Kiwi shoppers put more than 20 million loaves of bread in their shopping trolleys this year, more than any other item grocery item.

Bread, bananas and milk were also among the top selling products at New Zealand's three major supermarket brands and across the board buying habits show Kiwis love a bargain.

Progressive's second annual Countdown Trolley Report found $1 Homebrand bread was the most frequently bought item among the grocery giant's 2.7 million weekly customers, knocking bananas from the top spot which they held in 2014.

Fresh produce made up three of the five top sellers, which were in order Homebrand bread, bananas, Homebrand milk, broccoli and avocados.

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Claire Turnbull, who has been a nutritionist for 15 years, said she was pleasantly surprised to see fresh produce taking three of the five top spots, but said cheap bread, and especially white bread, was not the most nutritious food to eat a lot of.

"There are definitely better types of bread, there's no two ways about that. A better bread is a denser, grainier bread that's higher in fibre, but they're much more expensive," she said.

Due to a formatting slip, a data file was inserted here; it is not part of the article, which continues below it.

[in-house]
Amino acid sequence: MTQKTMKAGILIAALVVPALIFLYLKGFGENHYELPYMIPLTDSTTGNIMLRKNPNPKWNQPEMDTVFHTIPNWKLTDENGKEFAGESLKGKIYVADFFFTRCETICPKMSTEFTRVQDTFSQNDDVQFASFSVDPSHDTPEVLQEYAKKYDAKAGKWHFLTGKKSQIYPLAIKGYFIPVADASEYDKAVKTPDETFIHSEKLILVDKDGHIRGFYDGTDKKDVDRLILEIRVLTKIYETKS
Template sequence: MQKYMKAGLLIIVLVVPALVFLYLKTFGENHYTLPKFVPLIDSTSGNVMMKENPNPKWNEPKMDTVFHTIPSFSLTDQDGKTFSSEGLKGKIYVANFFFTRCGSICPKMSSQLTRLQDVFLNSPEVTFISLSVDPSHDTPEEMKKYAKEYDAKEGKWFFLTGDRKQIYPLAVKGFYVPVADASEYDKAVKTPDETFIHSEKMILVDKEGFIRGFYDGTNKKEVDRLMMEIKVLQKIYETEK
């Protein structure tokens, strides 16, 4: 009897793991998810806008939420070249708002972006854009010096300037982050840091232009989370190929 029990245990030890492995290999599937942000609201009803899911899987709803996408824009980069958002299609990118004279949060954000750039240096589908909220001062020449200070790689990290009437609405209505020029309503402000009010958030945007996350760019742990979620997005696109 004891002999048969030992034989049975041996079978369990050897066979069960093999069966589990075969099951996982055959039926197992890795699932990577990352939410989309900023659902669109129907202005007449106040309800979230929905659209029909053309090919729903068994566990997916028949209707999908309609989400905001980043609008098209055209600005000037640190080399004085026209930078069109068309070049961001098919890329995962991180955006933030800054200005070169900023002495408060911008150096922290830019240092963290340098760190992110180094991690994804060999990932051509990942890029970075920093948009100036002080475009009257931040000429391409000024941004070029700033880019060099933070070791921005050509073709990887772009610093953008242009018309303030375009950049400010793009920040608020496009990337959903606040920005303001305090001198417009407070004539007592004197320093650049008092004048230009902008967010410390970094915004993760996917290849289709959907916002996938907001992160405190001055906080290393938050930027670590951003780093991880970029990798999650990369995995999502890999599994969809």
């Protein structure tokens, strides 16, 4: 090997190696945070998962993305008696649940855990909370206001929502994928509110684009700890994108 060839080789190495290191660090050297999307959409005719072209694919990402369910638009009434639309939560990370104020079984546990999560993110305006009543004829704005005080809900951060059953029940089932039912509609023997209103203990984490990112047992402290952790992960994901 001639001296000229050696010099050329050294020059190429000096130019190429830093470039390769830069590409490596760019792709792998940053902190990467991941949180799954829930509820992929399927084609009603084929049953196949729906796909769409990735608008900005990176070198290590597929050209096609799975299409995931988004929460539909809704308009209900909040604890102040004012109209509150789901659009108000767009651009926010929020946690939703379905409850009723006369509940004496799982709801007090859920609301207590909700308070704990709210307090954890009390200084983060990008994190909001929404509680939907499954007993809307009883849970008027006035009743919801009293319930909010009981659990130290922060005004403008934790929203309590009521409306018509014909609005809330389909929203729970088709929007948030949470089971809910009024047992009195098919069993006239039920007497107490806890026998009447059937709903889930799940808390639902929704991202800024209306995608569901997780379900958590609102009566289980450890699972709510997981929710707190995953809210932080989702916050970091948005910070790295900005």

"If we want people to have more of them we need to make them cheaper, really, because at the end of the day a lot of people are driven by price."

She suggested people who wanted to eat filling, healthier food at a low cost could substitute bread with salads and slaws made from cheap vegetables and legumes.

Cabbage, grated carrots, pulses, chickpeas and kidney beans were all cheap fresh ingredients which could be used to make filling, nutritious meals, she said.

A Foodstuffs spokeswoman said research showed shoppers at New World and Pak n' Save "love a bargain" and according to research by Nielsen, 59 per cent of products bought at the supermarket in New Zealand are bought on promotion.

In comparison, just 40 per cent of supermarket items in Australia were bought on special.

Countdown director Pat McEntee also concluded cheap prices were one of the biggest drivers of consumer purchasing habits.

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"Since we dropped the price of Homebrand bread to $1 per loaf in July 2014, New Zealanders have bought nearly 24 million loaves," he said.

"Overwhelmingly, after the location of a supermarket, price remains the biggest driver for Kiwi families when deciding where to do their supermarket shopping.

"We are a nation that loves a good deal and actively seeks the best price - particularly with rising rates, rents and other costs of living putting pressure on family budgets."

Now in its second year, the Countdown Trolley Report is a detailed analysis of New Zealand food and grocery trends based on the purchasing behaviour of the supermarket's customers.

Countdown's top five selling grocery items:

• $1 Homebrand bread
• Bananas
• Homebrand Standard 2 litre milk
• Broccoli
• Avocados